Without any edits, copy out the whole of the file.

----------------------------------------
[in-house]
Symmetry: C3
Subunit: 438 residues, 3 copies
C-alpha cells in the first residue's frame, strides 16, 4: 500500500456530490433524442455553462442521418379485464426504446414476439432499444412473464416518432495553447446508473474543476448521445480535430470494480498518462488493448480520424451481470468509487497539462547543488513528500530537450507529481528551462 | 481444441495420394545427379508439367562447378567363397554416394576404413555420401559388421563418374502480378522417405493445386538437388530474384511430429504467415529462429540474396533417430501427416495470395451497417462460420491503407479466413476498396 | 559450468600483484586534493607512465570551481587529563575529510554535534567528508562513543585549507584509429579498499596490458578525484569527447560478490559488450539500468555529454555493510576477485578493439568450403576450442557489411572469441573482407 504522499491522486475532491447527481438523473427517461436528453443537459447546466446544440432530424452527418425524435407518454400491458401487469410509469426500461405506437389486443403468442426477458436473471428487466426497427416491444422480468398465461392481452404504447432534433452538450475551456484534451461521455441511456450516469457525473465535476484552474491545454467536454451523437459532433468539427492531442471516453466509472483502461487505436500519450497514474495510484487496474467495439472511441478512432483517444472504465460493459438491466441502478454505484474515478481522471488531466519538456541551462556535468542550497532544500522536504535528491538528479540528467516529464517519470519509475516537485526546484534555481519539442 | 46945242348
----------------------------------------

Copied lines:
[in-house]
Symmetry: C3
Subunit: 438 residues, 3 copies
C-alpha cells in the first residue's frame, strides 16, 4: 500500500456530490433524442455553462442521418379485464426504446414476439432499444412473464416518432495553447446508473474543476448521445480535430470494480498518462488493448480520424451481470468509487497539462547543488513528500530537450507529481528551462 | 481444441495420394545427379508439367562447378567363397554416394576404413555420401559388421563418374502480378522417405493445386538437388530474384511430429504467415529462429540474396533417430501427416495470395451497417462460420491503407479466413476498396 | 559450468600483484586534493607512465570551481587529563575529510554535534567528508562513543585549507584509429579498499596490458578525484569527447560478490559488450539500468555529454555493510576477485578493439568450403576450442557489411572469441573482407 504522499491522486475532491447527481438523473427517461436528453443537459447546466446544440432530424452527418425524435407518454400491458401487469410509469426500461405506437389486443403468442426477458436473471428487466426497427416491444422480468398465461392481452404504447432534433452538450475551456484534451461521455441511456450516469457525473465535476484552474491545454467536454451523437459532433468539427492531442471516453466509472483502461487505436500519450497514474495510484487496474467495439472511441478512432483517444472504465460493459438491466441502478454505484474515478481522471488531466519538456541551462556535468542550497532544500522536504535528491538528479540528467516529464517519470519509475516537485526546484534555481519539442 | 46945242348